Last week, I talked about the minimum tools you needed. I’m going to start naming a few other tools I make use of and the various main promotional options. I’ll cover each briefly, but realise that most of these require significant amount of time to get right. Again, remember, each promotional center below will touch people at different areas in the sales funnel, so figuring out where and when would be good. 

Let’s start with some of the most common.

Amazon Marketing Services (AMS)

AMS ads sponsored search results of your book / series into the searches when people are browsing on Amazon itself. This means you’re touching people at the lowest level of the funnel possible (before they hit ‘buy’ on your product); so it can be very, very effective.

For those who have used Google Adwords, the basic set-up is similar for their sponsored search. You have 2 options when you create a sponsored search result. You can use an automated advertisement, where Amazon will fill in keywords and searches for you and you can do it with a generic ad or a new one, or you can enter keywords manually.

Generally, I’d recommend running a recommended advertisement (the automated one) as well as a manual one. Use the recommended advertisement to pull out good keywords to add to your manual advertisement, splitting the manual advertisement further as you find ‘categories’ of keywords.

Places to find keywords include your own market research, also-boughts (from your product and also competitors) and some of the automated services out there. You’ll need to keep a close eye on your budget and your spend, at least in the beginning.

Things to note about AMS:

– it works best if you are already selling (in my experience)

– you need a good cover and hopefully, a decent blurb to get the most out of it.

– AMS will relate sales that happen up to 14 days after your advertisement is clicked. That is, if someone buys your book 14 days after they clicked on your ad, it will still count towards your sales data.

– ACOS is based off Amazon top-line revenue. That is $4.99 not the 70% of $4.99 that you get.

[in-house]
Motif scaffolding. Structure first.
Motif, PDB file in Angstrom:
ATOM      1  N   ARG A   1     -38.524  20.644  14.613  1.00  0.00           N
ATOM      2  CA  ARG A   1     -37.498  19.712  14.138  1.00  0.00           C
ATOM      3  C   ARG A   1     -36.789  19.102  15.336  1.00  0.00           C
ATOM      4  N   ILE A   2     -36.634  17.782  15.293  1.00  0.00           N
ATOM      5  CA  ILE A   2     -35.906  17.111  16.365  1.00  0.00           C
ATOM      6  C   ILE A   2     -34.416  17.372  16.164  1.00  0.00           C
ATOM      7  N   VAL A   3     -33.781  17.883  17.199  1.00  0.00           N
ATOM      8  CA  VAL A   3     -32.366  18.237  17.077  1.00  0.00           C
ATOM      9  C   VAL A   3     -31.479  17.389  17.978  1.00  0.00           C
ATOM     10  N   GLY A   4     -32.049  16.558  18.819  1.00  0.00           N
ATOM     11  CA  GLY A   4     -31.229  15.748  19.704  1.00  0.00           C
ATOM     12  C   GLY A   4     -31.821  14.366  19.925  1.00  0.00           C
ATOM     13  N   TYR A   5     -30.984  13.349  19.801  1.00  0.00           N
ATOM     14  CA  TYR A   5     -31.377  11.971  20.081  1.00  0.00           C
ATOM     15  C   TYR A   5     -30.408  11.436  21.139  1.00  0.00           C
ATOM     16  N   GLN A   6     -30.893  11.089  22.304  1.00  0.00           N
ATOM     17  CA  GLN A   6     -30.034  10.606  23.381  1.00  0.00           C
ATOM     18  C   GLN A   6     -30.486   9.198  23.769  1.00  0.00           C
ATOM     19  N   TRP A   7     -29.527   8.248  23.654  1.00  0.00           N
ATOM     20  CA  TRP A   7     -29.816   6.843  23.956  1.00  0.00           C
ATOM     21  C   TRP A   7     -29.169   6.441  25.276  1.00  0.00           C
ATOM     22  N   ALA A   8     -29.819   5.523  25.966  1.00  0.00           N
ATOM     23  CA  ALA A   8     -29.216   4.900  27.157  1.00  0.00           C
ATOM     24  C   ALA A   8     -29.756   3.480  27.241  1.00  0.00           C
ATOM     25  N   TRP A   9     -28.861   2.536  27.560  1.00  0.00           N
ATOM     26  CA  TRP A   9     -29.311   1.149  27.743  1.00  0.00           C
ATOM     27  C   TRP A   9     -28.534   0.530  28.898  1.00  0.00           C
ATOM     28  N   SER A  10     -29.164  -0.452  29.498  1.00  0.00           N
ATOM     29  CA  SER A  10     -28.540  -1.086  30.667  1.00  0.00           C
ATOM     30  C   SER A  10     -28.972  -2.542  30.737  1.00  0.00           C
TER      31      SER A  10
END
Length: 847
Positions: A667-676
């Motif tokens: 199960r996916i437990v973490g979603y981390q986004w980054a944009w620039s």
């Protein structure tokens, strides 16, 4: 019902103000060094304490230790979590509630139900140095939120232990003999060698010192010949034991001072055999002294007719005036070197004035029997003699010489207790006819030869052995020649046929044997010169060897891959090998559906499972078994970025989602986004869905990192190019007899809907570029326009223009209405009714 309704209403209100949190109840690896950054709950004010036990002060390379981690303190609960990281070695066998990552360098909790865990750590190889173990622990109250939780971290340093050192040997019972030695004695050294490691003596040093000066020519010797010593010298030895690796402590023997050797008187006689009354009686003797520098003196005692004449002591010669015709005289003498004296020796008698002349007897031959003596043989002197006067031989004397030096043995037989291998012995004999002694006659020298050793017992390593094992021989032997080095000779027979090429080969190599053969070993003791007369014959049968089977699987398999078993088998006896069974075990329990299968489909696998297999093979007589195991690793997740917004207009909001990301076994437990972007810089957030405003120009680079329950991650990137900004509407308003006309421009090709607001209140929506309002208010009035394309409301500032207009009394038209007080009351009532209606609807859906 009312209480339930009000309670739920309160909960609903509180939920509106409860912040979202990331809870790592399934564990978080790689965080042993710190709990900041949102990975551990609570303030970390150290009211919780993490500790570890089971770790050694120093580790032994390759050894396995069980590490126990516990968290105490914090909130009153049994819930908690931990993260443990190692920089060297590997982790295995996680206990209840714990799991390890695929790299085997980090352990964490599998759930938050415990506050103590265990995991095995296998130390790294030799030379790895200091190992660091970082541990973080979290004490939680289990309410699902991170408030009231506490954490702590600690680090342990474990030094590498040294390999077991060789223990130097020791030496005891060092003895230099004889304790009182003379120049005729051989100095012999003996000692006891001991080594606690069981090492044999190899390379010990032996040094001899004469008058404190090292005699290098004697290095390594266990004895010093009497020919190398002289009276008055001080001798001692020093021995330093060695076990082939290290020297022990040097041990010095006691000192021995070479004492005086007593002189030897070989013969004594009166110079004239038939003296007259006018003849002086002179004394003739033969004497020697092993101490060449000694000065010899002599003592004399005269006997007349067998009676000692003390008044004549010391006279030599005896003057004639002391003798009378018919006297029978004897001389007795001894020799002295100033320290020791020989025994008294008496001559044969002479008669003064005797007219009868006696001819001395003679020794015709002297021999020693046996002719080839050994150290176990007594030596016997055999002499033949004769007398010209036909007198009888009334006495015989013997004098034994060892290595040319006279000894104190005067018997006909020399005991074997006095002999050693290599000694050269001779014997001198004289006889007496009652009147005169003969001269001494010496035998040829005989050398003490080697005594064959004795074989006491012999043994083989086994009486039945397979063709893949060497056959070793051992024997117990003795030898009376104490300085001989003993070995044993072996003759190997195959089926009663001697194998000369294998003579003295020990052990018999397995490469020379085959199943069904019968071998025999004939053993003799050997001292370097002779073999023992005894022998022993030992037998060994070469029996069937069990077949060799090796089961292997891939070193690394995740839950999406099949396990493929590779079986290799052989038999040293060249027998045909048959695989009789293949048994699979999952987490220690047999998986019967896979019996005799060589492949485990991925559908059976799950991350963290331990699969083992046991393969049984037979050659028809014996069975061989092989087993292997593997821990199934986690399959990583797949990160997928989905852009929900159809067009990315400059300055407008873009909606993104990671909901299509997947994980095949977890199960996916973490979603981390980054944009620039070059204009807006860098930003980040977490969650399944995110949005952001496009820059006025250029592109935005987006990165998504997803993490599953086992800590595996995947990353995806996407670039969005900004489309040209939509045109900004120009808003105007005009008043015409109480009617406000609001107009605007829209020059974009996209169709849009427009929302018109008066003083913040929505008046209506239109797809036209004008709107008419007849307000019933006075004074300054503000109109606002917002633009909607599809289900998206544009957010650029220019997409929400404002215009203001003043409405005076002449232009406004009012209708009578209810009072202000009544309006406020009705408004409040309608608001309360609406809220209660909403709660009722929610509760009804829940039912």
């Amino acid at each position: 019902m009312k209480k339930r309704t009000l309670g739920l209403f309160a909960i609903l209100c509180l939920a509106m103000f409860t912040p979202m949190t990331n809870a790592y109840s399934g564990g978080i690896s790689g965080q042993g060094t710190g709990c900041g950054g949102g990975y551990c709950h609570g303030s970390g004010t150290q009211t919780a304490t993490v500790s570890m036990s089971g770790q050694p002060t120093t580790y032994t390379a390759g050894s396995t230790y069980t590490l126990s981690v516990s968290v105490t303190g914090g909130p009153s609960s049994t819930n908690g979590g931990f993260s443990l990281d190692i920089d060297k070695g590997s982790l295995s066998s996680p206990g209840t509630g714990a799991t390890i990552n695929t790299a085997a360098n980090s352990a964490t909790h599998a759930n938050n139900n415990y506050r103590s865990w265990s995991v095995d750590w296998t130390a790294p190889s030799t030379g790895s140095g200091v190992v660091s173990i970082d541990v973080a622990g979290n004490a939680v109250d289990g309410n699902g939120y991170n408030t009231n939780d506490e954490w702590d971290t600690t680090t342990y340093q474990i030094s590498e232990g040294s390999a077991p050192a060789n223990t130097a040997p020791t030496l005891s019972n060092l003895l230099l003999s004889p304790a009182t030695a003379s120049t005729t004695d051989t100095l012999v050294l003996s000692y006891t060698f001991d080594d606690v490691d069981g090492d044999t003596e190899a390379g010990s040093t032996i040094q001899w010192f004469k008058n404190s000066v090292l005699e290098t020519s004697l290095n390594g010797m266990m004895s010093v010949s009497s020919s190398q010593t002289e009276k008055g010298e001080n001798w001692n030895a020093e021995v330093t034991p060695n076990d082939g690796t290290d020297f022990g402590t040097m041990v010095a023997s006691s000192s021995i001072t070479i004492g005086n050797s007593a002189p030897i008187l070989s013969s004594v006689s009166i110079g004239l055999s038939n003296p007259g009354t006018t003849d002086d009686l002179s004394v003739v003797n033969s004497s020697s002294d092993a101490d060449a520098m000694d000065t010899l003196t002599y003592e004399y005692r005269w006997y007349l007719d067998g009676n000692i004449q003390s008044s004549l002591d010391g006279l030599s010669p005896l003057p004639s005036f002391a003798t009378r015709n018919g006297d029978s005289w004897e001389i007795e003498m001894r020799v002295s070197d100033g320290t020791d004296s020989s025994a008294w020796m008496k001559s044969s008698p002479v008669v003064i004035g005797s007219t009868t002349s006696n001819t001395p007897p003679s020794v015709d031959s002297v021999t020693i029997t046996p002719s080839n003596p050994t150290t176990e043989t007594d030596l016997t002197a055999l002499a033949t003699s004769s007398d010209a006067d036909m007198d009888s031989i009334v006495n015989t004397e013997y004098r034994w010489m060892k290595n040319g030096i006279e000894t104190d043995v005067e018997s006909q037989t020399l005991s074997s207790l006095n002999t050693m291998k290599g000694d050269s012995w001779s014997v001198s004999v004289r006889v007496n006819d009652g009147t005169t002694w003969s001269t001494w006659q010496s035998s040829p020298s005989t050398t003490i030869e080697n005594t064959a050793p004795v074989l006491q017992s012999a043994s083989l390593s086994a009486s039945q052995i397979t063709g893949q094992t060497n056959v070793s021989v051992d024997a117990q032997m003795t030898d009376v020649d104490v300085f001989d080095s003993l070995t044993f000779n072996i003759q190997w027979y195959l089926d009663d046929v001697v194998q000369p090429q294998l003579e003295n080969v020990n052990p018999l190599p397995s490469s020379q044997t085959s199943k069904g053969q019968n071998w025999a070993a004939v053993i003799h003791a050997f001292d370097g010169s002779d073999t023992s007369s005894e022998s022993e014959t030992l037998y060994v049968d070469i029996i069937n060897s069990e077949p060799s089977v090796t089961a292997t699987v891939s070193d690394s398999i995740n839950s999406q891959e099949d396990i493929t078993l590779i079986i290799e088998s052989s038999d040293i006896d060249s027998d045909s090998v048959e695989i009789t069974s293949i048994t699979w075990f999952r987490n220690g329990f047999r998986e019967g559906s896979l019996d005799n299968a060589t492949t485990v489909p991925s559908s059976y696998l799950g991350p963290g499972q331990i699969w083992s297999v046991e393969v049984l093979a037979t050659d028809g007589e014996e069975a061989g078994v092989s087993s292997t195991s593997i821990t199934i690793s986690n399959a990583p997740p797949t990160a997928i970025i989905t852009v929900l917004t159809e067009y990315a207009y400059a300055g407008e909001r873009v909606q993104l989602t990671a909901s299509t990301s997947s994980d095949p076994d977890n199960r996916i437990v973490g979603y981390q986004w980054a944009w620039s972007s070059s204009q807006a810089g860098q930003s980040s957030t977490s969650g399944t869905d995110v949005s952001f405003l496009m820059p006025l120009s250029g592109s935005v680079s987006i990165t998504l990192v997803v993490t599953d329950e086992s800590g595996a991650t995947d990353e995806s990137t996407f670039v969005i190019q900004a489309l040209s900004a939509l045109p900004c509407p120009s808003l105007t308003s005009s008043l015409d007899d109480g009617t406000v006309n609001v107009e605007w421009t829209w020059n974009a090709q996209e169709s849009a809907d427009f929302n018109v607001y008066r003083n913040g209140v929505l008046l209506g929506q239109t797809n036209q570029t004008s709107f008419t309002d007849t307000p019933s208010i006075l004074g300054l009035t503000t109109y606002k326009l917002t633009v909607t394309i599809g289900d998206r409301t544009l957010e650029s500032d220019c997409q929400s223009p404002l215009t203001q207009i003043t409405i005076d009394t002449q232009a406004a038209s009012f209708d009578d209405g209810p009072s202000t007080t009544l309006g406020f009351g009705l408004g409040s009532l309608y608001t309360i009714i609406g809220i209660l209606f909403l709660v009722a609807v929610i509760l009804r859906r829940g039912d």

– Lastly, it does NOT track Kindle Unlimited downloads and reads.

I’m not going to go into AMS much more since I am not an expert on it. I do okay, but I have the hardest time making Amazon take my money (i.e. my ROI is positive, but I can’t spend as much as I want. Which might be a testament to how narrow my keywords have become as I found the ones that work for me).

Facebook Advertising

Facebook advertising is really, really useful for a vast majority of writers. It can also eat your capital without blinking and return nothing. To do Facebook Advertising right, you need to make sure your targeting is very, very good. However, many six figure and more authors have found great success on Facebook. 

Some ways to help make your targeting better:

– put a pixel on your Website. That will track people who are coming to your website and add them to a list of potential targets. You don’t have access to individual names / etc. but the data is stored as a sample that you can target directly.

– create a Facebook Fan Page (for yourself as an Author). Those who ‘like’ your fan page can be targeted directly.

– your newsletter e-mail addresses can also be used to create another set of audience members.

Now, in most cases, what you’ll want to do is create what Facebook calls a ‘lookalike’ audience. That is, you take any of the above audiences (or more, there are a lot more ways of getting audiences not listed here) and have Facebook create a lookalike audience. This will expand the audience to a million or two, if you have the right numbers.

After that, it’s all about testing. What do you test?

– which lookalike audience interacts the most with your ads

– which ad copy and ad design works best

– which landing page will get you the most sales 

– which landing page / book will get you the most read-through (not necessarily the same thing as above)

and more. You can test and develop a ton of things, with Facebook.

Obviously, this works if your audience is on FB; but it’s large enough that it likely is.

Last one for today;

Newsletter Lists

I mentioned you can get new newsletter subscribers via newsletter services like Bookfunnel and StoryOrigin. 

There are also dedicated websites that send out newsletters to readers who are looking for a deal.  Bookbub is by the most famous, though other sites include Book Barbarian, FreeBooksy, eReader News Today, etc.

Which one is most effective would depend on your genre and if you are doing full price, promotional pricing or free. Also, which one is most effective at this time will change, so do your research and be willing to test them out over a period of time. 

However, all that said, these can definitely provide a boost in sales that will, hopefully, also generate a boost in readthrough (and thus profits).

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